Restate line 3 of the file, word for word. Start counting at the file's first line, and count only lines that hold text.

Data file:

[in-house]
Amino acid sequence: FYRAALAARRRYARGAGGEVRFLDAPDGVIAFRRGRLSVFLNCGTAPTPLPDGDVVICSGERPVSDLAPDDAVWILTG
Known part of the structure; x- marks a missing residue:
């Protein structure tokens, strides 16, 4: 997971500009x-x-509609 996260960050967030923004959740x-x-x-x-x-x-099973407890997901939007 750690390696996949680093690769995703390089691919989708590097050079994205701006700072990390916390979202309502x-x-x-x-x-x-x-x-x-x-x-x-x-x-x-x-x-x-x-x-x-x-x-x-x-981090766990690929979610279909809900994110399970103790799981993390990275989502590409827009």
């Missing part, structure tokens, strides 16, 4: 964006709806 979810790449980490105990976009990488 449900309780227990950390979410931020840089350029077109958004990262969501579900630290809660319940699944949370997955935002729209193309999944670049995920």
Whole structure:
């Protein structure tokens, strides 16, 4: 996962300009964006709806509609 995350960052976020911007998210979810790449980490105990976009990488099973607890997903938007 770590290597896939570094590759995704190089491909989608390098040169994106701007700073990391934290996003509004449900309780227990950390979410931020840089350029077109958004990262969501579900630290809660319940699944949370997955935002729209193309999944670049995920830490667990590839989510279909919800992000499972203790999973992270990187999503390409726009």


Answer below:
Known part of the structure; x- marks a missing residue: